Dr. Dmitri Babikov, assistant professor of chemistry and resident of Brookfield, was one of four junior faculty members honored with the 2008 Young Scholar Award by Marquette University’s Helen Way Klingler College of Arts & Sciences at the Annual Distinguished Scholars Reception. The awards of up to $32,000 are intended to fund $2,000 in operating costs and cover up to 50 percent of salary to afford the recipient a one-semester sabbatical.
Babikov, who completed his doctoral work in 1998 at the Laboratory of Atomic and Molecular Collisions in Orsay, France, specializes in theoretical/physical chemistry and molecular physics. Although his research involves the tiniest of scales, the application of that work affects the entire planet. In his theoretical physical chemistry and molecular physics research, he studies chemical processes on an atomic scale, modeling elementary events of reactions, predicting outcomes of molecular collisions and properties of new molecules.
Before joining the Marquette faculty in 2004, received a Postdoctoral Fellowship at Los Alamos National Laboratory. He was also a Postdoctoral Research Fellow at the University of Illinois at Chicago and a postdoctoral Research Associate at Argonne National Laboratory. He earned his B.S. degree in 1993 and his M.S. degree in 1995 from the Moscow Institute of Physics and Technology, Russia.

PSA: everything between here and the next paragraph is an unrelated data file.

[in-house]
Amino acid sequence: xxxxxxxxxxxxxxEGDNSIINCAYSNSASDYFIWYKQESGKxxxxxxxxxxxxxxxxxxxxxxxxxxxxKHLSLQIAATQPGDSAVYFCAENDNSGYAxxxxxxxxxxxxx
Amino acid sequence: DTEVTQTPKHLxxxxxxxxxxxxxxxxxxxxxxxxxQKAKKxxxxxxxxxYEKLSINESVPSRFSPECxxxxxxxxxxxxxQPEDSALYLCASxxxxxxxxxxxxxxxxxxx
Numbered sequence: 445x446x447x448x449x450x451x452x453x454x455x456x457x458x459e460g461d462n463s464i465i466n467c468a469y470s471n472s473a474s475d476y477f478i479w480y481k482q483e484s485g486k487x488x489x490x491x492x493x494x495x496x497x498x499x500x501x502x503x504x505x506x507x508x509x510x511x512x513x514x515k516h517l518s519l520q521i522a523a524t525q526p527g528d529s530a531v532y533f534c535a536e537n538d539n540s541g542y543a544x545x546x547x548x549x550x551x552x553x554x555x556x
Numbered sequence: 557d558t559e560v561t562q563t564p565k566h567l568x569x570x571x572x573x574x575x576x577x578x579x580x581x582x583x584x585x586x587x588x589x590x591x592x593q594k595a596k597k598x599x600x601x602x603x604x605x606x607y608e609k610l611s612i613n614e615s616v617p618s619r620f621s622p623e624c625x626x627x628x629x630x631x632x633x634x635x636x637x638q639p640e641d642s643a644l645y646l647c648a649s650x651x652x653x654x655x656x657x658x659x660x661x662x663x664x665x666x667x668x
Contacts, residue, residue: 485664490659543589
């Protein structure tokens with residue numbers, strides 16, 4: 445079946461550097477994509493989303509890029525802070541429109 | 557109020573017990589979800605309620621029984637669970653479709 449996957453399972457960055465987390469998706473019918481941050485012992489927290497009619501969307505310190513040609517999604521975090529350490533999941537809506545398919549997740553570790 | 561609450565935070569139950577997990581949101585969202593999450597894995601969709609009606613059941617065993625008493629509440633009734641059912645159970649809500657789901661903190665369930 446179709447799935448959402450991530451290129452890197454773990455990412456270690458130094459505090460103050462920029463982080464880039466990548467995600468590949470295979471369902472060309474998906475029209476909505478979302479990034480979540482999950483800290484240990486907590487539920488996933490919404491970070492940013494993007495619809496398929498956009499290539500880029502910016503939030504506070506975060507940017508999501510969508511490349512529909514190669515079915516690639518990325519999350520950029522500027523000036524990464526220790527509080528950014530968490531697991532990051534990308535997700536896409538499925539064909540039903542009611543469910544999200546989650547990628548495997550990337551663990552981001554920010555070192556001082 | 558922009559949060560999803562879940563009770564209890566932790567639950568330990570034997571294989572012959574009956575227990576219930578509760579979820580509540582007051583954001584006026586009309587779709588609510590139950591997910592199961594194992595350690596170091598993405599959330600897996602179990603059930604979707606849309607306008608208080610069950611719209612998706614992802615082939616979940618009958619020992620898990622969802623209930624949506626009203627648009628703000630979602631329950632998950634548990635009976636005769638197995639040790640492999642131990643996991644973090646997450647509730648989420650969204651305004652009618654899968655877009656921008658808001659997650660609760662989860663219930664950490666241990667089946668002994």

“One of my research projects focuses on the reaction that forms ozone,” said Babikov. “Ozone is an important component of Earth’s atmosphere that we must preserve in the stratosphere -- keeping the ‘ozone hole’ from getting bigger -- while preventing human-caused tropospheric ozone, the main component of smog.”
The theoretical nature of Babikov’s work is crucial when experiments are impossible or insufficient for understanding chemical processes. He carries out such state-of-the-art calculations using some of the world’s fastest parallel supercomputers.
“The recipients of the Way Klingler Young Scholar Awards were selected because of their contributions to research and their potential for outstanding future research,” said Dr. William Wiener, vice provost for research and dean of the graduate school.
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